WASHINGTON – Several large coalitions are mobilizing religious communities nationwide in support of overhauling the nation’s health care system.
In recent weeks, hundreds of clergy members and lay leaders have descended on the offices of members of Congress, urging lawmakers to enact health care legislation this year. With face-to-face lobbying, sermons, prayer and advertising on Christian radio stations, the coalitions are pressing the idea that health care for everyone is a fundamental moral issue.
But organizing groups with disparate religious beliefs around a single goal has been challenging. The coalitions have had to tiptoe around sensitive issues, such as whether to support a government-run health insurance option and whether government-subsidized plans should pay for abortions. They have also had to deal with some clergy members’ fears of offending their congregations.
“It’s a pretty radical step for this congregation to get involved in the public arena,” said the Rev. Jennifer Thomas, pastor of Immanuel Lutheran Church, a largely middle-class congregation in Kansas City, Mo., and a leader in one collection of grass-roots community and national religious groups. “A few members wonder how much the church should be involved.”
A group of faith leaders met with President Barack Obama in April, and administration officials took part last month in a rally at Freedom Plaza with representatives of more than 40 denominations and faith groups in support of comprehensive health coverage.
Showing up at the rally were Joshua DuBois, executive director of the White House Office of Faith-Based and Neighborhood Partnerships, and Neera Tanden, senior adviser to the Department of Health and Human Services.
“Your united voice is critical,” Tanden told the gathering. “We are, in the next two months, at the most critical time of trying to get (health care) legislation passed.”
One coalition of mostly liberal and centrist religious groups was organized by Sojourners, an evangelical group; Catholics in Alliance for the Common Good; Faith in Public Life, a Washington think tank; and PICO National Network, an alliance of 1,000 U.S. congregations. Developed out of frustration that conservative Christian groups were dominating the national faith conversation on social issues, the coalition is speaking out on health care reform and comprehensive immigration reform.
“We don’t want to create a culture war. We want to dismantle it. We want to put faith, and not politics, first,” said the Rev. Jennifer Butler, executive director of Faith in Public Life.
In a guide for leaders and members of participating congregations, the coalition uses biblical teachings to make the case that the nation’s health care system is in urgent need of repair, saying “The Bible … (makes) clear that protecting the health of each human being is a profoundly important personal and communal responsibility for people of faith.”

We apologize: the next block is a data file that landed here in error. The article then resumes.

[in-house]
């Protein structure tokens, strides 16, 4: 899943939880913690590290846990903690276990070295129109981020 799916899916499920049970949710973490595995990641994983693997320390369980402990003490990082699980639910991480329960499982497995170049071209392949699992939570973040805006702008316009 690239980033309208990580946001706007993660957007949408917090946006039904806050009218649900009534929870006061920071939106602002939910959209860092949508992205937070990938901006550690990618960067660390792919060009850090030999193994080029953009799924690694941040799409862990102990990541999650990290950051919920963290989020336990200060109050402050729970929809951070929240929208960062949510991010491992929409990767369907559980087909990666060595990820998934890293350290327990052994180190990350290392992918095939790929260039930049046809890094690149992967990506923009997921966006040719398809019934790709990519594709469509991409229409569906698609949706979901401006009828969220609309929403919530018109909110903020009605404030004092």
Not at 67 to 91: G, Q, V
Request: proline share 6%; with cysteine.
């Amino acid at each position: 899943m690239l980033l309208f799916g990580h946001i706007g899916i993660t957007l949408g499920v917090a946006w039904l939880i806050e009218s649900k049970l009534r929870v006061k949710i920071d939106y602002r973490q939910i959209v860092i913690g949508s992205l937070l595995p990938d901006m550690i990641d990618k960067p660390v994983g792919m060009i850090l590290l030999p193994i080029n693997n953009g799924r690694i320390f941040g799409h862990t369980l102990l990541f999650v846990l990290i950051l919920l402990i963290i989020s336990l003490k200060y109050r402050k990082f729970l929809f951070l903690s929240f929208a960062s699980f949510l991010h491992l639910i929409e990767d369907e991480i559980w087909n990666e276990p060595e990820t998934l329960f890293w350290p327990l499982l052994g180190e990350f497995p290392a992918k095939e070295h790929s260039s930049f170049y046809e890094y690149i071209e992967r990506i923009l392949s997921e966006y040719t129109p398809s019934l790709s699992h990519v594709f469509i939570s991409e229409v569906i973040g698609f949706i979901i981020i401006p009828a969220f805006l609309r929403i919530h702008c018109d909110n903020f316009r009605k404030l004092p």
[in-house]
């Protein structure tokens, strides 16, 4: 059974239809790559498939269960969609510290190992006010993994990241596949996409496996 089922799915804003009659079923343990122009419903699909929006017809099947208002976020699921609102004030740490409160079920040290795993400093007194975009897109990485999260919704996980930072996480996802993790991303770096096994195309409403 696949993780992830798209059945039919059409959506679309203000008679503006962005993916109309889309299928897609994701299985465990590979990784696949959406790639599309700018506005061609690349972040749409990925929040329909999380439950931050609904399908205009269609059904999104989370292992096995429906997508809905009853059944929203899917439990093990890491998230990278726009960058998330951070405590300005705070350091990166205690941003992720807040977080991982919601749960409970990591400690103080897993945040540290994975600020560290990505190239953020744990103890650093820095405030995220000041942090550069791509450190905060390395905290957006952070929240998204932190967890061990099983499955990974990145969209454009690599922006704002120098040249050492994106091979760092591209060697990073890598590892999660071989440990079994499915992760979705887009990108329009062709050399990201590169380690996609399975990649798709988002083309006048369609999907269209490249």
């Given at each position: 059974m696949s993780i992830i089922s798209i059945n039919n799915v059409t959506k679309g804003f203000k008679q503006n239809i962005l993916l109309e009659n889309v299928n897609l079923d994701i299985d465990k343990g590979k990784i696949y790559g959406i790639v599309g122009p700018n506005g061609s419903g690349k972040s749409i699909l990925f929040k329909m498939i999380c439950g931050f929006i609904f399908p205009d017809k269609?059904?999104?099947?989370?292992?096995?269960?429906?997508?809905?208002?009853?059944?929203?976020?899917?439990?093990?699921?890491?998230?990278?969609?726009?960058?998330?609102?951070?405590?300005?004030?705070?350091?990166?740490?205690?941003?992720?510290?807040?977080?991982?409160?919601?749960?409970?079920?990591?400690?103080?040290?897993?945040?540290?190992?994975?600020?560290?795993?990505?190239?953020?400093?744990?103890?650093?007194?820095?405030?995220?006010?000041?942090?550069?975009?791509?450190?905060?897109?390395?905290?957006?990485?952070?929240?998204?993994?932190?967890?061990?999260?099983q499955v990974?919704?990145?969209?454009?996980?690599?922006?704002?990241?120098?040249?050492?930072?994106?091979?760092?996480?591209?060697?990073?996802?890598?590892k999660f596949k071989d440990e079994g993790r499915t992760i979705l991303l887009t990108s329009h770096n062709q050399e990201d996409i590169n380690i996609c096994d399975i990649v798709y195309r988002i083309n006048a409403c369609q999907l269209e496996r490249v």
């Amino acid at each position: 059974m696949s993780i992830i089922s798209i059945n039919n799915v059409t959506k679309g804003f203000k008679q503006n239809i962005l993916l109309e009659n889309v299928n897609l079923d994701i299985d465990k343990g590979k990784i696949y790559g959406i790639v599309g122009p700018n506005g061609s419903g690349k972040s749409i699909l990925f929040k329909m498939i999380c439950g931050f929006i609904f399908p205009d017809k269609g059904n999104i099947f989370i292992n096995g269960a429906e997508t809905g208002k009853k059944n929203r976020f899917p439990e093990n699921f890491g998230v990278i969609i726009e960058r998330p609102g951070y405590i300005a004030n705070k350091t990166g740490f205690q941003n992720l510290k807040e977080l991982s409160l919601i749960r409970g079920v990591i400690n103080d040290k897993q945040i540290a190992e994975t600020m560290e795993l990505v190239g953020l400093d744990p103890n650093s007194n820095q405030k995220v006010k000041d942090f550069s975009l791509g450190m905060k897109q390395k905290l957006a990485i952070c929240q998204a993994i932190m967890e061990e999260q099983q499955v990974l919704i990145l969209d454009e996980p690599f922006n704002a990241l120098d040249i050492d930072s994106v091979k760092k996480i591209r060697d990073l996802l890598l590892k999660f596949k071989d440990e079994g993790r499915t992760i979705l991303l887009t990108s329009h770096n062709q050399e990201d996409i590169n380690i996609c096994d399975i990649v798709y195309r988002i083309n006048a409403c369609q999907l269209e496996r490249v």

Conservative Christian groups say the coalitions are using the common language of faith to disguise unpopular ideas.
“I don’t think they speak for the vast majority of Americans,” said Tony Perkins, president of the Family Research Council, who has debated the Rev. Jim Wallis, executive director of Sojourners, several times on the health care issue. “They are playing on the sympathies and passions of most Christians.”
Another large pro-reform alliance, Faithful Reform in Health Care, made up of 40 religious organizations, has called for worshippers to “pray for those who are left out of our health care system – and for those with the power to enact change.” The group is holding candlelight vigils at state legislative buildings and recently sent letters to all members of Congress laying out what its executive director, the Rev. Linda Hanna Walling, calls a “faith-inspired vision of health care.” Members also plan to visit lawmakers during Congress’ August recess.
The coalition that includes PICO has tried to identify members of Congress who can be persuaded to support health care legislation. Pastors in seven states recorded radio ads promoting reform efforts that aired over the Memorial Day and Fourth of July recesses.
The message, said PICO spokesman Gordon Whitman, is this: “Religious voters support health care reform, and you can’t take them for granted. We’re not going to allow people who stand up for health reform to be attacked on religious grounds. If you are in a district or state that is culturally conservative, there is support for health reform.”
In August, paid organizers will meet with pastors to help them organize their congregations, develop talking points for meetings with members of Congress and coordinate with other groups and individuals – religious and secular.
To hold together their diverse memberships, Sojourners, Faith in Public Life, Catholics in Alliance and PICO are supporting the “status quo” on abortion – neither requiring nor banning insurers from covering the procedure as long as federal funds are not used.
“We try to stay away from broad ideological fights,” Whitman said, “and stay where there is common ground.”